As usual I am very worried regarding the future of our lowland heaths. There are meant to be stringent laws and regulations regarding the protection of these rare habitats and one would have thought that over the last few decades of heathland protection, that conservationists would know the difference between right and wrong management practices. However, this is obviously wrong.One of our best tracks of lowland heath within Dorset is Arne heath nature reserve run by the R.S.P.B. When i was a young boy, I was out with the conservation volunteers clearing scrub especially encroaching pine trees, by pulling them up in their thousands every winter. since the nineteen eighties, this practice was not used so much as the heaths were grazed by deer, sika deer which do a grand job naturally manicuring the heather,gorse and eating the seedling pines. The R.S.P.B along with other conservation bodies have waged war on sika deer and near on eliminated them from the reserve and many other parts of Purbeck heathland.This is an Eco disaster. Without these beneficial animals doing this, Arne has sprouted thousands of small pines all over the area and the young trees are about three to four years old, which would suggest that teams of people have not been pulling them for this length of time.The heath is becoming overgrown. Also with no deer, there is no dung for the many species of beetles and fly to use, some use the dung of cattle but it is the larger beetles and flies that need the deer pellets, and these beetles feed the birds and reptiles. Deer do not destroy reptile sites like heavy cattle do and do not over graze as some of the staff have stated. When local visitors ask where have all the deer gone, they are told that they were starving and overgrazing the area. this is of course very wrong. How much longer are we going to be told lies by the R.S.P.B staff? Many good naturalists are very worried about this situation.
All the green bits, are small pine trees. There are no deer here to graze them out.
This rare fly(Asilius crabroniformis)(hornet robber fly) can be still found on the heath but is becoming scarcer as the deer are taken out. I do hope that modern conservation bodies realize their mistake, but as usual with humanity, we only know what we have lost after it has gone and by then it is too late. The deer may have needed to be finned out a bit, but not near on eliminated. Sika deer are so similar to red deer and do the same job .In the past, there were herd grazing this very heath before the nineteen fifties, so nobody can claim that they are a none native invasive species in the same way as a few other species, and besides they have natural predators. Pumas and leopards have been eating them for decades and have used Purbeck as one of the main healthy breeding areas simply because of its bio diversity and especially because of the large amounts of deer were enough to sustain them. now there is not enough along with poaching and road kill, let alone the eradication(see my big cat blog) programme.There may be more domestic stock taken, more birds, and dogs taken because of this.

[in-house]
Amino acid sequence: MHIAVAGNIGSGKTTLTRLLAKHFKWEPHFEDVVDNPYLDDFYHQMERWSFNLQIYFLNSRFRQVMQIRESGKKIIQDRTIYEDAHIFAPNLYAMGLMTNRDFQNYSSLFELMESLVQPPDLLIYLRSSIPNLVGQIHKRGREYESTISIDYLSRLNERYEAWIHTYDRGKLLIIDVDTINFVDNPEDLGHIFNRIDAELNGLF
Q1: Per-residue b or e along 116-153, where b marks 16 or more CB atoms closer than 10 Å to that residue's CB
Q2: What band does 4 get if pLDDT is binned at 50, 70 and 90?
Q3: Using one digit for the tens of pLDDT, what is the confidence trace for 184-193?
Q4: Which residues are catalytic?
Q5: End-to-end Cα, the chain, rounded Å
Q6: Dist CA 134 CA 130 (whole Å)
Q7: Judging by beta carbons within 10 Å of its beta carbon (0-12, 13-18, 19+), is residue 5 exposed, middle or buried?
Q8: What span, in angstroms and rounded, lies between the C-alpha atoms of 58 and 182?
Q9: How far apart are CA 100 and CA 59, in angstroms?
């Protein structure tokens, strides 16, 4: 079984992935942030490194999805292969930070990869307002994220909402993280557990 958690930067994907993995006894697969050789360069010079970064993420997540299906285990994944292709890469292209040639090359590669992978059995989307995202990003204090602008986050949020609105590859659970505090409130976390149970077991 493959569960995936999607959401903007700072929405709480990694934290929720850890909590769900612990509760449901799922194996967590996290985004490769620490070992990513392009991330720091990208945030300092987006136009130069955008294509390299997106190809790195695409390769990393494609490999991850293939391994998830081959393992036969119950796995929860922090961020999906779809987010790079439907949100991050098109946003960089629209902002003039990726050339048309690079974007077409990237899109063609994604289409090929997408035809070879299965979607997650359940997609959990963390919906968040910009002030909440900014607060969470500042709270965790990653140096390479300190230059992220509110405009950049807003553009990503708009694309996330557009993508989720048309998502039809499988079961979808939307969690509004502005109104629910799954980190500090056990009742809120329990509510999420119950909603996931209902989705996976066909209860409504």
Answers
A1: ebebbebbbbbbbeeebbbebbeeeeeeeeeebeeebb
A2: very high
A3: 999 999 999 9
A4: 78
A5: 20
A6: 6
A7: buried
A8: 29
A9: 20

The Japanese sika deer (Cervus japonicus) has been a welcome addition to British wildlife and adds that special completeness in the wake of the red deer going.The species brings many visitors and naturalists to Purbeck especially during the rutting season after September to November.
A small herd of sika hinds that are clearly not overgrazing the heaths.
Some better news
house sparrows are on On another note, some good nthe increase due to some local councils not cutting roadside verges. Grass needs to flower and seed to feed finches. Sparrows depend on this for their survival and in recent times this species has had to adapt. Many sparrows feed mainly on spiders around the houses, but on the Bournemouth cliff tops, this year the council have not cut the grass (thank goodness) which means a whole variety of species benefit. These sparrows are eating the seeds of grass, tree lupin and sea beats. As long as long grass is available then this flock will survive.
The western green lizard(Lacerta Biliniata) has returned from a near absence with several adults being seen. Over collection and bad weather for the last three years saw their numbers crash. There are now only approx a third of the numbers there were six years ago.This species has no legal protection in this country as it is thought to be a none native, which really is not true. reptiles naturally colonise by several different means and regardless of this status they should still be protected in the UK as in Europe. We need this species here and they do not out compete with other native species as they evolved alongside them. We have to consider global warming and the natural movement of species.
A mature male green lizard basks after rain.
A female mature green lizard basks. I hope her eggs hatch to create a new generation. This species must survive, even if they are not natural colonies. There are no sand lizards (Lacerta agilis) within the areas where the green lizard lives, so they do not pose a problem , and nearby colonies of the former are not in good health anyway as they are inbred, and most of them live on the open heaths rather than the small strip of coastal cliff. It is best to allow in the wake of global warming as in the future the area may be too warm for common lizards and even perhaps the sand lizard. This species, along with the common wall lizard(Podarcis muralis) can be the adapting species needed to fill the gap.